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Bebop Spoken There

Anat Cohen: "With the tenor, it's so iconic with jazz. With the clarinet, I can improvise, but it doesn't have to be called jazz." - (DownBeat July 2019)


Today Tuesday June 18



Classic Swing - The Ship Inn, Front Street, Monkseaton NE25 8DP. 0191 251 3677. 1:00pm. Free.


Lickety Split - Fox Inn, West End Terrace, Hexham NE46 3DB.Tel: 01434 603681. 8:30pm. Free (donations).

River City Jazzmen - Block & Tackle, Blackthorn Way, Ashington NE63 8NW. Tel: 01670 813983 (info). 8:00pm. £5.00. (inc raffle). Line-up inc special guests Don Fairley (trombone) & Maureen Hall (vocals).

To the best of our knowledge, details of the above events are correct but may be subject to alteration.

Saturday, February 14, 2009

Tony Bennett BBC 2

More documentary than performance, I don't think it quite came off although that is not to say it wasn't watchable.
Despite shots of Tony performing at the 2005 Montreal Jazz Festival they were infuriatingly interspersed with all manner of 'historical' references to the song - usually involving Fred Astaire (not that I've anything against Fred Astaire and the others) and, in truth, despite the pre-program blurb, the only jazz came from the unidentified musicians in the accompanying group.
Having said all that, the bel canto voice of yore may have gone but, to my ears, the husky croak that is its replacement puts over a lyric with much more feeling and sensitivity than the original ever did.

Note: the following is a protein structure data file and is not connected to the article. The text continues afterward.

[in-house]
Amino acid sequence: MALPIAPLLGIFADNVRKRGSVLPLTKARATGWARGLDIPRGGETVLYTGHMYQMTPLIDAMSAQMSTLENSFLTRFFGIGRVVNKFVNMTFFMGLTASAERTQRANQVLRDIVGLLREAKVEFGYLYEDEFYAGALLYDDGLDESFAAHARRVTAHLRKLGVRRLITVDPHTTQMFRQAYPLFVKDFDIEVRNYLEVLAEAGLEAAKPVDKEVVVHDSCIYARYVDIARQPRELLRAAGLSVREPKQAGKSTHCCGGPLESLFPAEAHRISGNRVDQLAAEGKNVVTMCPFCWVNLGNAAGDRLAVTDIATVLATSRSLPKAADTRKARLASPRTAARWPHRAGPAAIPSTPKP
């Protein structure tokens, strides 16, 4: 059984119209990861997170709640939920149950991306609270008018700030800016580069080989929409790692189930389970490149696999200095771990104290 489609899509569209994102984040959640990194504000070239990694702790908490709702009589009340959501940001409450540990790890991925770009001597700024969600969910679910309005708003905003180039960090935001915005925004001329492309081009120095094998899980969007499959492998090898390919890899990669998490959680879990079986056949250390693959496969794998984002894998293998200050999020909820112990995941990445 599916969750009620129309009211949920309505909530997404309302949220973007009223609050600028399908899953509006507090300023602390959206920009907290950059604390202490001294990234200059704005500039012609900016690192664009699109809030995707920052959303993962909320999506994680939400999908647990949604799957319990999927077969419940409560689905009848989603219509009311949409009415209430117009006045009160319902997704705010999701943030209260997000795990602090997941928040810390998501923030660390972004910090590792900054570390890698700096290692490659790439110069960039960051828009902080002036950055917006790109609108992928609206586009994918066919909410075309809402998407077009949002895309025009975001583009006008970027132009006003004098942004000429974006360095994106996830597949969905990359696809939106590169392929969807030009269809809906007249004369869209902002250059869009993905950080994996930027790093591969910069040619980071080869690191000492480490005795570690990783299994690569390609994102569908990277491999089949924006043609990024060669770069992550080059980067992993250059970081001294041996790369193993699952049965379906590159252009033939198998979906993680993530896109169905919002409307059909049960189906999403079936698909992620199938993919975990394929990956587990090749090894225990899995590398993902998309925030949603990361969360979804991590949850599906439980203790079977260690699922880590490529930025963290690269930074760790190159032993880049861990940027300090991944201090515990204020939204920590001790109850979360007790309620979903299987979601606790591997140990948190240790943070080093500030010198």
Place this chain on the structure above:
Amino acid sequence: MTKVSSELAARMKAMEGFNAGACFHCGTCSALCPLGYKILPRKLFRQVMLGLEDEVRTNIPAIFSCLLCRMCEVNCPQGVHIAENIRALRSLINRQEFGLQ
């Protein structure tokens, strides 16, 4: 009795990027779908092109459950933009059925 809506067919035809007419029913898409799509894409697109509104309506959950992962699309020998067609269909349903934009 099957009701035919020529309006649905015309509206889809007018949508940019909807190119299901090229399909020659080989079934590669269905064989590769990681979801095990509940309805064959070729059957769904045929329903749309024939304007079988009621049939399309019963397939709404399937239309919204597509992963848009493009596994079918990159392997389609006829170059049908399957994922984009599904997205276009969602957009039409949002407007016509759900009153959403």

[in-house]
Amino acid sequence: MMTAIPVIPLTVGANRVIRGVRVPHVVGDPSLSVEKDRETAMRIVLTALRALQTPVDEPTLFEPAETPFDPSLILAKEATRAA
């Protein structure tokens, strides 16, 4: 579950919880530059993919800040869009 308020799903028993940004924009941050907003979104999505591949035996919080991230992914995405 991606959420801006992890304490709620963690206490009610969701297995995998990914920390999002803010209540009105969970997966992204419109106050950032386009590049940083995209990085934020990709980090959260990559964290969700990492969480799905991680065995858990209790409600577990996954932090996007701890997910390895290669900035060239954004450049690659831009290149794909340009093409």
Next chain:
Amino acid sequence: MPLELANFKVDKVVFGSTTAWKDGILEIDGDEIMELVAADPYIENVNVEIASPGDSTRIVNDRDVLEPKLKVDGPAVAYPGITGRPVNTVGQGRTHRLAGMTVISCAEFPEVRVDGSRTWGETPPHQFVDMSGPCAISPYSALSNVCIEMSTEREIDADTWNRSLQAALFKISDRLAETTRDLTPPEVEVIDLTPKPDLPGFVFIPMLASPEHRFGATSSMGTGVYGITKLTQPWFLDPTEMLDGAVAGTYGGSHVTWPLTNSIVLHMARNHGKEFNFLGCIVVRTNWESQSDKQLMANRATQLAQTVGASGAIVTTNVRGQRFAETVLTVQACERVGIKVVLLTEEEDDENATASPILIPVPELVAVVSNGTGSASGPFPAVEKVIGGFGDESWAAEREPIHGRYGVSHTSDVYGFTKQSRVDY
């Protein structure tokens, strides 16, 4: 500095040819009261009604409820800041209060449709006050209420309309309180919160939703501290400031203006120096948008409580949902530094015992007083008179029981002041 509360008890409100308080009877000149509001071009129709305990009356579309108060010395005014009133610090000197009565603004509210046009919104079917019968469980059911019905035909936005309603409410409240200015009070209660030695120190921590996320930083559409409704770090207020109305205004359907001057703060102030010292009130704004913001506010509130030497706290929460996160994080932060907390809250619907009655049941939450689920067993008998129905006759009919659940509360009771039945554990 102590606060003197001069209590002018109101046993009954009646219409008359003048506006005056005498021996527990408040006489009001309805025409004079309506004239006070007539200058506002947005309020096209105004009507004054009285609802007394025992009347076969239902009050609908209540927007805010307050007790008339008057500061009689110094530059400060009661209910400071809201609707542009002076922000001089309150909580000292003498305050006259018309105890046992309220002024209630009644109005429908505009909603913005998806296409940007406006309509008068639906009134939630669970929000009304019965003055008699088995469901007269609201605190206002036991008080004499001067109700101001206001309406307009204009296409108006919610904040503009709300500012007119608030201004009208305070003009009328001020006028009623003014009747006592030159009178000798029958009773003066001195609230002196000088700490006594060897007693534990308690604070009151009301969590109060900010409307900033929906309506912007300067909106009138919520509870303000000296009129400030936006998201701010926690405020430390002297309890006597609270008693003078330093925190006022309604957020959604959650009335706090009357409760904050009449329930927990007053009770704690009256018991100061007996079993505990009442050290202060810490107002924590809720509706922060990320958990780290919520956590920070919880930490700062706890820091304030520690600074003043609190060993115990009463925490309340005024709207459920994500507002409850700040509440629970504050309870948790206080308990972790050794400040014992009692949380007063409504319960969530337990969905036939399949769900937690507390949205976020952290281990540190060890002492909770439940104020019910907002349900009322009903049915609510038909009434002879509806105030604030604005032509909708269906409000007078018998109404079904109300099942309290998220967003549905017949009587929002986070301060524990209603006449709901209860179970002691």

This is one fine vino that has definitely matured with age and hopefully will continue to do so for some time to come.


Liz said...

Well, I did enjoy it of course, how could you not? I did feel though that there was too much talking & not enough singing. The way they kept interjecting was irritable.
It makes me almost want to cry for what we have lost in superb entertainers. The clips of Gene Kelly, Fred Astaire, Jimmy Durante, Mel Brooks, these were the people I grew up with, they were giants in the world of entertainment, how fortunate to have lived though it, as there is just no one to touch them. I did think his voice showed flaws as he got older, but always he interpreted the lyric the way the writer meant it to be, just as Sinatra did. He only sang the best too, making every performance fresh, and he looked at all times as though he was really enjoying himself. A humble man who endeared you to him for that very reason. I thought that Clint Eastwood came over in a lovely relaxed fashion, they gelled well.

Roly said...

Enjoyed it although a bit too 'drooling' for me. The guitarist is Gray Sargent - has been part of his gigging quartet for a while now I think. Looks a bit like Tal Farlow. Rather surprised at Bill Evan's medallion (how curious)- would never have thought of him as 'medallion man' but there you go.
Jimmy Durante was the star of the show?

Hil said...

Tony still holds magic for me. My daughter and I sat often with tears in our eyes during the programme.
I agree they did talk too much during his songs. Why the heck do they feel the need to keep interrupting? did their Mams never tell them it was rude?
The lovely song bird Anne(now living in France) and I saw Tony at the City Hall about 10 yrs(?) ago. We had the corner seats on the balcony as the best had all been sold. Although you know what folks, we had the best seats in the house, we were over looking the stage, and Tony stood and made eye contact and sung to 'just us' on more than one occasion during the performance.
I will never forget that night for the rest of my was wonderful.

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